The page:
Wednesday, May 7, 2014

Here's Why Polanco is Not in Pittsburgh Yet

RF Travis Snider is hitting .211 with a 623 OPS (on-base plus slugging percentage).
Platoon mate RF Jose Tabata is hitting .247 with a 605 OPS.  Every other ball seems to be a grounder to shortstop.
In Triple A Indianapolis, uber-prospect RF Gregory Polanco is hitting .395 with a 1057 OPS.  He has power (4 HR) and speed (7 SB), two things that Tabata is not showing and one thing that Snider (the speed) does not have.  By all accounts, he would be an upgrade over these two.  The added bonus is that he has no platoon splits (979 OPS v. LHP, 1092 OPS v. RHP).  So why isn't he up in Pittsburgh yet?
Let's take a look at some of the reasons, of varying degrees of legitimacy, why Polanco is not in Pittsburgh:
A spot would need to be cleared on the 25-man roster.  I find it hard to believe the Pirates would carry five outfielders, especially without the need for a platoon partner for Polanco, so that means that one of either Tabata or Snider would have to go.  I know what most of you are saying -- "OK.  Don't let the door hit your rear end on the way out," but it's not that easy.  The Pirates do not have options remaining on either Tabata or Snider, so they would have to Designate For Assignment (DFA) one of them.  If one of them were claimed during this 10-day waiver period, the Pirates would lose that player for nothing.
To the Pirates, that is a terrible offense.  They like to squeeze every last bit of value out of a player, so you can be assured that Neal Huntington is feverishly working the phones trying to trade one of them, even if it is for a low-level reliever.  A trade could be worked out during the 10-day DFA window, but those are not as common.  Because of Jose Tabata's long-term guaranteed contract ($3.1M in 2014, $4.1M in 2015, $4.6M in 2016) he seems very unlikely to be traded unless the Pirates ate a bunch of that money.  That means Snider and his $1.2M in 2014 is the better candidate.  Snider has two more years of control after this, but a team could non-tender him at the end of 2014 and not cost themselves any additional money.  There are plenty of teams out there with awful outfielders that might be interested in a flyer on Snider or Tabata.
He hasn't experienced any adversity yet.  This one always irks me, but the reasoning is that the Pirates need to see how a player responds to a rough patch.  They would rather see him work through a 1 for 32 stretch in Indy than in Pittsburgh against the best pitchers in the world.  This answer is part of the mythological "player checklist" that every team says a player has to complete before getting promoted.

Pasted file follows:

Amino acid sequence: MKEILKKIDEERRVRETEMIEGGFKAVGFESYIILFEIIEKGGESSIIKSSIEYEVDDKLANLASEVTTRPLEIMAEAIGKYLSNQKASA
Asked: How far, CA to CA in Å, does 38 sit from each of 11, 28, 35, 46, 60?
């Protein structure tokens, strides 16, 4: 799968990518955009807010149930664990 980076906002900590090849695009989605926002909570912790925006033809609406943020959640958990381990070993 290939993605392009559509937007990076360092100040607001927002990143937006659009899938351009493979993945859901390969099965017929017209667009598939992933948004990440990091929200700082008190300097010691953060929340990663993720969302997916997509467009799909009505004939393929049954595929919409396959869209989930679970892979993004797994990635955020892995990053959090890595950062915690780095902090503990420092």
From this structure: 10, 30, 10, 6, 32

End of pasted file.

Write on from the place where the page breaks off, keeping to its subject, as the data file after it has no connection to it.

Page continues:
The Pirates want to avoid the Super 2 Deadline.  And now we come to our portion of the program that really matters.  Essentially, if a player gets into the top 17% of service time for players in his service time class between 2 years and 3 years of service, he gets to go to arbitration four times instead of three.  This can mean an additional cost of $10-$15M of salary for a team over that time period.
This is a real, tangible thing for a team.  Not just the Pirates, either.  Many teams are wary of their top prospects getting to Super 2 status.  The rough threshold to promote is with 130 days left in the season (this year there are 181 days).  That outer threshold is around May 21st.  However, most years the threshold falls into the 118-125 range, so allow for a couple of extra weeks to be safe.  That puts the date around June 3rd.
It will be interesting to see how many top prospects around the league magically "complete their checklists" and are ready to be promoted in early to mid-June.  It's amazing how many of the top guys are always ready around the same time of the year.
When Polanco does get promoted, he can't be expected to be a miracle worker or savior.  Just because he's ripping the cover off the ball in Triple A does not mean that will translate to the Majors.  The class of competition is dramatically better.  I do think he will be an improvement over what the Pirates have in RF now, but where I expect the greatest improvement to occur is in the leadoff spot.
Polanco has greater plate discipline than Starling Marte or any of the other players the Pirates have penciled in to the spot so far this year.  Right now, the aggregate leadoff hitters are triple slashing .222 BA/.290 OBP/.310 SLG (600 OPS) with 1 HR and 7 SB's.  Polanco, even if he struggles out of the gate, should be able to exceed that very low bar that has been set.
Gregory Polanco will get here, probably within the next month, so be patient.  Once he gets here, he's not going anywhere for a long time.

No comments:

Post a Comment